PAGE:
Trip Reports

And A Bad Go-Getter (16-Jun-2002-21-00):
9:00 PM local time, Sunday, June 16 (1800 June 16 UTC) 36 32 N 026 21 E. Temp. 72, Humidity 50%, Cloud Cover 20%. Anchored at Katapola harbor on the island of Amorgos, Greece.

Greetings from the crew of Maverick.

We've been to quite a few islands so far here in the Aegean Sea. Rhodes, of course, we went to by ferry, but the rest, including Symi, Nisiros, Kos, Astipalaia, and now Amargos, we visited with Maverick. We're approximately half way across the Aegean, in the part of the islands known as the Cyclades. They are all different, but share, as Wittgenstein would unquestionably note, a family resemblance, and the one thing they all have in common is motor scooters, the jet-skies of the roadway.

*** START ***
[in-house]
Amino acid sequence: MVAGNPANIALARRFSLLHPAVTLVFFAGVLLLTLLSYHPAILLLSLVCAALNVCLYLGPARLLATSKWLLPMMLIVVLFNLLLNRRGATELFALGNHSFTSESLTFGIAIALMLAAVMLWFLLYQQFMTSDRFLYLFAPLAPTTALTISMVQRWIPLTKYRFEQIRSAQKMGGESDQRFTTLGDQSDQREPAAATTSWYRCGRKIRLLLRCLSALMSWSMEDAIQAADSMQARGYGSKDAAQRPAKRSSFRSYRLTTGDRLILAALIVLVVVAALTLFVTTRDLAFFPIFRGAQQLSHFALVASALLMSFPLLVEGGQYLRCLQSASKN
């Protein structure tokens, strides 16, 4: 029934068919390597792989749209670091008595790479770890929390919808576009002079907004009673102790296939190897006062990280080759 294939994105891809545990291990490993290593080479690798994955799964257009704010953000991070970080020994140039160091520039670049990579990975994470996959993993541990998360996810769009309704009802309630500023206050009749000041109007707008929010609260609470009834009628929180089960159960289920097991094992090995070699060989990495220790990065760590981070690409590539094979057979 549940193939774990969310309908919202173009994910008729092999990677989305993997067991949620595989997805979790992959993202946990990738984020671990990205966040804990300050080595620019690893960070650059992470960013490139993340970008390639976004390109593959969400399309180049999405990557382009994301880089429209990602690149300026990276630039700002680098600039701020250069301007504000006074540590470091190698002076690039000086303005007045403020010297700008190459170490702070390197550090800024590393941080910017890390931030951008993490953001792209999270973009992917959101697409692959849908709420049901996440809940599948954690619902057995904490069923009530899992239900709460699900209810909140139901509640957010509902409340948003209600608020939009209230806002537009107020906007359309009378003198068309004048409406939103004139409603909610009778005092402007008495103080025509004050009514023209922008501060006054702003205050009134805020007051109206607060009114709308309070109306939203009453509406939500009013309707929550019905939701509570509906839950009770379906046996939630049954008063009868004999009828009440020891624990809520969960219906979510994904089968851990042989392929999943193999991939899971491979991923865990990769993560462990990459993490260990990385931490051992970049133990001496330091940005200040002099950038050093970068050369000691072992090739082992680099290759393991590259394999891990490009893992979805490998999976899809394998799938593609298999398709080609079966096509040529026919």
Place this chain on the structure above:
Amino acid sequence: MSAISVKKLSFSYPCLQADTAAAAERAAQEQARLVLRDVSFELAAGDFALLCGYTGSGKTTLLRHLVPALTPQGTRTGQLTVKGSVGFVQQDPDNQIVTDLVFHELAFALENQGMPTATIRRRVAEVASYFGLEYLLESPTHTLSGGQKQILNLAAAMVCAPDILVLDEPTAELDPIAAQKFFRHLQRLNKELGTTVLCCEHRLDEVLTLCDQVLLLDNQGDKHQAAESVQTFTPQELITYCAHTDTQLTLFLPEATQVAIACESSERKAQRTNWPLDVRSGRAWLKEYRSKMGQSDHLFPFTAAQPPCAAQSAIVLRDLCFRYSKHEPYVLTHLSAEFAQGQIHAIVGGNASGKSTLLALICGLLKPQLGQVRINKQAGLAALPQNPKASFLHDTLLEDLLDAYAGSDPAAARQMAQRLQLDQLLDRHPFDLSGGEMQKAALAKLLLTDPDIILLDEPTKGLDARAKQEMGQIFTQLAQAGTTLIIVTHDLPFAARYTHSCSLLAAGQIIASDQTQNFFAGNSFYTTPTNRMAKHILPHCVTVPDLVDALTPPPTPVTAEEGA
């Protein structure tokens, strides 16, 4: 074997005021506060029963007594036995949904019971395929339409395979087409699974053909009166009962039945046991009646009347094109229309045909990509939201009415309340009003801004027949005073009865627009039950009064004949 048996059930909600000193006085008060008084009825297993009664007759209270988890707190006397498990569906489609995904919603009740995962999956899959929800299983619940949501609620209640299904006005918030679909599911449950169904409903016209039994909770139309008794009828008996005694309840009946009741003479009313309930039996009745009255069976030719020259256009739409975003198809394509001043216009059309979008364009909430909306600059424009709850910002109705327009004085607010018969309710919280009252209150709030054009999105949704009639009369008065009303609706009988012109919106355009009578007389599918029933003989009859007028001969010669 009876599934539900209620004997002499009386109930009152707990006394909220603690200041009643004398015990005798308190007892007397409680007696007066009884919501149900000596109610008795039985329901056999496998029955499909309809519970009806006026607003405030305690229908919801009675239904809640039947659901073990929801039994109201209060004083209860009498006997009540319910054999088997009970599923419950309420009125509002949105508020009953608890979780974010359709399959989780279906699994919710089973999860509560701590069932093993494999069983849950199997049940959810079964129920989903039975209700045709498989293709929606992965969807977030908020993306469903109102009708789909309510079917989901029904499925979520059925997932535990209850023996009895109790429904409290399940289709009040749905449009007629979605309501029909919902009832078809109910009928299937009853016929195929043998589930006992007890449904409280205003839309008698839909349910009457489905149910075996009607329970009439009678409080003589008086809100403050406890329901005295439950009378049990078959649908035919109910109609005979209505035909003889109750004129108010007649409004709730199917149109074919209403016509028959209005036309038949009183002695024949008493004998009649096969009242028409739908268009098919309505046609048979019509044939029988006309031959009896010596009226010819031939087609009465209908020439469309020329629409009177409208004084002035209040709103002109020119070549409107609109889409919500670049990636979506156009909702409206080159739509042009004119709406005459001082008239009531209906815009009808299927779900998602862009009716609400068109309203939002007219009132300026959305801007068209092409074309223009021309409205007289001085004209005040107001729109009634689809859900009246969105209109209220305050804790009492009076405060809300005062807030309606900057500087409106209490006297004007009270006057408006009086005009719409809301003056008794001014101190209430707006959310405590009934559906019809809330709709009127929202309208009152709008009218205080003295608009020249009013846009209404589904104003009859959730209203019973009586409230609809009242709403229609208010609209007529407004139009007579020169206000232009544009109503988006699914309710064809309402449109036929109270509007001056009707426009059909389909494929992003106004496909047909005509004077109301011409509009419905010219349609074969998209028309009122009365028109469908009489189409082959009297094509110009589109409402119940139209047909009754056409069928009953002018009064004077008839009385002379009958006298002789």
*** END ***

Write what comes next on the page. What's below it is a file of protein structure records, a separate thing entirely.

Fortunately, Ship's Chief Engineer Terry Shrode at one time was a fellow at Trinity College, Cambridge, where he concentrated on studies in terrestrial vehicle velocity. This gives him a special insight into the operation of road racing machines of all types, which he often uses to put the Captain at a disadvantage when we are ashore. Back in Egypt, we patronized, as is our habit, the local go-cart track. No money was placed on the outcome, of course, as we are above that sort of thing. Having checked the weather that morning in preparation for the voyage, the Captain arrived at the harbor where the carts were berthed and took a serious look at his vessel with regard to safety. He checked for audible and visual distress signals, a fire extinguisher, etc., and noticed the absence of a life jacket. The proprietor was clearly not trained in these matters and seemed more than a little put upon by my request, which I must say I pressed rather forcefully, as safety is number one with me. I finally accepted his child's inflatable toy as a workable facsimile. I was willing to forego the type IV throwable PFD which is irrelevant for a single-hander, but otherwise I was determined not to leave the dock until I was "safe to go," as the literature is filled with voyages coming to a bad end because of an overly hasty and ill-prepared departure.